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Last week, the initial line-up was announced for next summer’s return of Lilith Fair, Sarah McLachlan‘slate-’90s festival celebrating music made by women. The last Lilith Fair was held over a decade ago, but memories of McLachlan & co.’s earnest acoustic ballads have not faded from public consciousness (nor has the faint smell of sandalwood). For all its feminist cred, Lilith Fair isn’t exactly remembered as the most exciting show, musically.
But now that some of the artists lined up for Lilith Fair 2010 have been revealed, we may begin to answer the eternal question: Will new Lilith Fair be too much like old Lilith Fair?
When the Lilith Fair reboot was first announced earlier this year, the feminist blogosphere erupted with “meh.” Kate Harding described the neo-hippie image Lilith couldn’t shake: “a bunch of broomstick-skirted college students who talked about their periods too much going to see a bunch of white ladies you could hear in your dentist’s office.” Sady Doyle situated Lilith in history: “To me, it doesn’t represent feminist innovation, but the moment right after feminist innovation went mainstream and right before it was swept off the stage.” And Amanda Marcotte dismissed it on artistic merits: “I’m sure MacLachlan means well, but she’s done the greater feminist music community a great disservice. . . the phrase ‘feminist music’ has all these connotations that are completely unfair: women with acoustic guitars boring you with their earnest, pedantic music.”
Will next year’s Lilith artists—-including McLachlan, Mary J. Blige, Sheryl Crow, Indigo Girls, Chairlift, Sara Bareilles, Ingrid Michaelson, Emmylou Harris, Corrine Bailey Rae, Ke$ha, Erykah Badu, and Colbie Caillat—-help represent feminist innovation in lady rock? Or will they continue to further the adult-contemporary stereotype of feminist music that is JUST SO UNFAIR?
Below, I’ve ranked a selection of these artists based on how many of the Classic Lilith Fair Keywords apply to them. The keywords are: Acoustic, Hippie, Earnest, White, Canadian, and Contemporary. Let’s see how they do, from most Lilith to least Lilith.
MORE LILITH THAN THE ADULT CONTEMPORARY STATION WAFTING FROM YOUR DENTIST’S OFFICE:
1. Sarah McLachlan
Lilith Fair Keywords: Acoustic, Hippie, Earnest, White, Canadian, Contemporary
2. Colbie Caillat
And coming in fast on the inside is Colbie Caillat! I am convinced that Colbie Caillat was born to play Lilith Fair, only the festival passed before her time, so Fate was forced to re-organize Lilith Fair next summer in order to put Colbie Caillat in her rightful place in the Universe, which is Lilith Fair.
Colbia Caillat is all earnest contemporary hippie accoustic, no complications. Check out the lyrics to her first hit, “Bubbly”: “I’ve been awake for a while now / you’ve got me feelin’ like a child now / cause every time I see your bubbly face / I get the tinglies in a silly place.” What?
Lilith Fair Keywords: Accoustic, Earnest, White, Contemporary, Hippie
AS LILITH FAIR AS THE BROOMSTICK SKIRT YOU’VE HAD STUCK IN THE BACK OF YOUR CLOSET SINCE 1997 AND CAN’T SEEM TO GET RID OF, FOR SOME REASON:
3. Sheryl Crow
Sheryl Crow’s guitar is electric, a bit of a departure for Lilith’s inner circle. But Crow is Lilith through and through—-she played all three Lilith Fair tours in the ’90s, where she churned out her brand of reliable American rock that manages to never get too interesting.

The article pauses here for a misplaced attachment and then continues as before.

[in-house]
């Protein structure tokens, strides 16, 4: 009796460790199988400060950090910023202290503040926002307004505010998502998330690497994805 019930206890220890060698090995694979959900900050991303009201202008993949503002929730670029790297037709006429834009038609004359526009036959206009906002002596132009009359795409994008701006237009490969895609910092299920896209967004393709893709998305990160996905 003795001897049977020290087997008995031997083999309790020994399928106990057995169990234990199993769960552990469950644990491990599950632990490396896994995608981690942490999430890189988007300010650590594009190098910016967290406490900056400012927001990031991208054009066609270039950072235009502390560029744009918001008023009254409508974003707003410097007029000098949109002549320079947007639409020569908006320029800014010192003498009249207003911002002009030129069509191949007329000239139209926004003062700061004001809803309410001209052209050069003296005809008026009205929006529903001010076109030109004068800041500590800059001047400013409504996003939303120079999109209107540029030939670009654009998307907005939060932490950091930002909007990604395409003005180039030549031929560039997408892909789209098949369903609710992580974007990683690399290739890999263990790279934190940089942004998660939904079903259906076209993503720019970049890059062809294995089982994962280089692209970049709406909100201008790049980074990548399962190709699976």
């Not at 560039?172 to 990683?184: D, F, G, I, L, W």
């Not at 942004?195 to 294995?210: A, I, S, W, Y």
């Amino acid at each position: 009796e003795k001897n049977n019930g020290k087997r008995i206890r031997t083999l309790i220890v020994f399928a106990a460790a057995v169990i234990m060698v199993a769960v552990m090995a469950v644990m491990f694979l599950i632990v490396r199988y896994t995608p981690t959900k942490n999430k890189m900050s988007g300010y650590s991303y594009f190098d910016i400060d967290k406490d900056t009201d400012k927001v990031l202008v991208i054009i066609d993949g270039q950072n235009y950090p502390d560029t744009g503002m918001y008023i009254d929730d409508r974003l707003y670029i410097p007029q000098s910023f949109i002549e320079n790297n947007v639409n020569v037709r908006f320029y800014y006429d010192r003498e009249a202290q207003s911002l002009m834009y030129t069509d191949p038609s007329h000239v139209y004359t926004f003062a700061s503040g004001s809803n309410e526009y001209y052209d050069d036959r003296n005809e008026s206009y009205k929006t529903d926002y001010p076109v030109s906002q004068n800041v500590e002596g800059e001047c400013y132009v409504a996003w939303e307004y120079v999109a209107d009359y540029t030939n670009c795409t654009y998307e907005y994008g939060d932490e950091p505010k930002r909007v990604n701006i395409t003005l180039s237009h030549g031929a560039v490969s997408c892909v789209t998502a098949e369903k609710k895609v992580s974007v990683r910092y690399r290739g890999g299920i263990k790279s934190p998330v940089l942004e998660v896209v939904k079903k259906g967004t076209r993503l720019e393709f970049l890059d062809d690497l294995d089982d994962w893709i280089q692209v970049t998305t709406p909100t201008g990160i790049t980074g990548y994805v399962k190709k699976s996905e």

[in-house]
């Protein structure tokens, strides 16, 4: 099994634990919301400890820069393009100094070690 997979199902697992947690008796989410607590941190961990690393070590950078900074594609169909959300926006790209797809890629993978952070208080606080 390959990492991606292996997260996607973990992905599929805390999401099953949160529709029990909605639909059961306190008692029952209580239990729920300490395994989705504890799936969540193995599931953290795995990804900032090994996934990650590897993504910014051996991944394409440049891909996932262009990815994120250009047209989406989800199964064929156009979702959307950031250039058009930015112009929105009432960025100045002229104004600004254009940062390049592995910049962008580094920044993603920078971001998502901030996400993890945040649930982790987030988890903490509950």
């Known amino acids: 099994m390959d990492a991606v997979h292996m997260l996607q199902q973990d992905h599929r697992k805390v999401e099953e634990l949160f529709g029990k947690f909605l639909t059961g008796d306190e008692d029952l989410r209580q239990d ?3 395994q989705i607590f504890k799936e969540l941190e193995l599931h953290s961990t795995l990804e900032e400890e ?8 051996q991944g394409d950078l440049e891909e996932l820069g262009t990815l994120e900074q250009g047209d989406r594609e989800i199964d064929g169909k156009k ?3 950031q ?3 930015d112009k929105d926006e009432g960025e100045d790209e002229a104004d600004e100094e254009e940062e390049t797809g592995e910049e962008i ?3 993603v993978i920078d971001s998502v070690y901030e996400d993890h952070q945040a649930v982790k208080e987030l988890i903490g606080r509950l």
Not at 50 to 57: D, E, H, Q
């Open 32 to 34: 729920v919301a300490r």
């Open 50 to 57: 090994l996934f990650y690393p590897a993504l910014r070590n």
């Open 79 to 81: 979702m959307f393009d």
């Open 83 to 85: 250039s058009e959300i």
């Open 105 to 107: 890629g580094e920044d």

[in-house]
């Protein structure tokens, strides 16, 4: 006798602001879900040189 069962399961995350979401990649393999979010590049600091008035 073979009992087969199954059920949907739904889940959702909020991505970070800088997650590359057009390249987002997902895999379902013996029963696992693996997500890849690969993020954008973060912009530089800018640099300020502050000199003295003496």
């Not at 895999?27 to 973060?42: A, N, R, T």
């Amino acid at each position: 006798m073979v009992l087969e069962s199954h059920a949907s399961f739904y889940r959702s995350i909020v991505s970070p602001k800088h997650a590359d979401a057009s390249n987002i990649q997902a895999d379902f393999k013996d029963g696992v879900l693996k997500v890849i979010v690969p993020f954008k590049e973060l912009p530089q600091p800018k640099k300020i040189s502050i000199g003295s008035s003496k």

Lilith Fair Keywords: White, Contemporary
4. Sara Bareilles
I can’t blame Sarah Bareilles for the fact that her hit, “Love Song,” quickly became The Only Song You Are Allowed To Play In The Trailer For Every Romantic Comedy Ever. But can Sarah Bareilles blame me for the fact that I cannot hear her music without thinking of Patrick Dempsey taking a series of absurd pratfalls in the course of his Maid of Honor duties? No. No one is to blame here.
Lilith Fair Keywords: White, Earnest, Contemporary, Acoustic (a piano is acoustic, right?)
NOT TOO LILITH-Y:
There’s a dude in this band!
Keywords: White, Canadian
6. Tegan and Sara:
Tegan and Sara are, in fact, Lilith Fair royalty: They played one show on a tiny stage back in 1999. They were one of the most interesting acts there. (Not that I was there, mind you. I looked it up on Wikipedia).
Lilith Fair Keywords: White, Canadian
7. Mary J. Blige
I love that Mary is playing Lilith Fair. That is all.
MIGHT BE CAUGHT WEARING BIRKENSTOCKS WITH SANDALS, BUT ONLY IRONICALLY:
And then we have Ke$ha. With lyrics like “I’m talking about everybody getting crunk, crunk / Boys tryin’ to touch my junk, junk,” Ke$ha’s “TiK ToK” doesn’t exactly situate herself as a likely collaborator for McLachlan’s next live recording of “Angel.” Ke$ha’s auto-tuned party jams aren’t typical Lilith Fair material, but that doesn’t mean they’re particularly challenging, either.
Lilith Fair Keywords: White.
I DON’T CARE THAT SHE’S KINDA LILITH-Y, DO NOT SPEAK ILL OF EMMYLOU HARRIS:
9. Emmylou Harris
Yes, Emmylou Harris has actually recorded a duet of “Angel” with Sarah McLachlan (free if you sign up for the Lilth Fair newsletter!) But I’m going to show my hand here: Emmylou Harris is awesome.
Lilith Fair Keywords: White, Accoustic, Hippie
Full list of Lilith acts released so far: A Fine Frenzy, Ann Atomic, Ash Koley, Brandi Carlile, Butterfly Boucher, Chairlift, Chantal Kreviazuk, Colbie Caillat, Corinne Bailey Rae, Donna Delory, Emmylou Harris, Erykah Badu, Grace Potter and The Nocturnals, Ima, Indigo Girls, Ingrid Michaelson, Janelle Monae, Jennifer Knapp, Jill Hennessy, Jill Scott, Katzenjammer, Ke$ha, Mary J. Blige, Meaghan Smith, Metric, Miranda Lambert, Nneka, Sara Bareilles, Sarah McLachlan, Serena Ryder, Sheryl Crow, Sugarland, Susan Justice, Tara MacLean, Tegan and Sara, Vedera, Vita Chambers, The Submarines, The Weepies, Ximena Sarinana, Zee Avi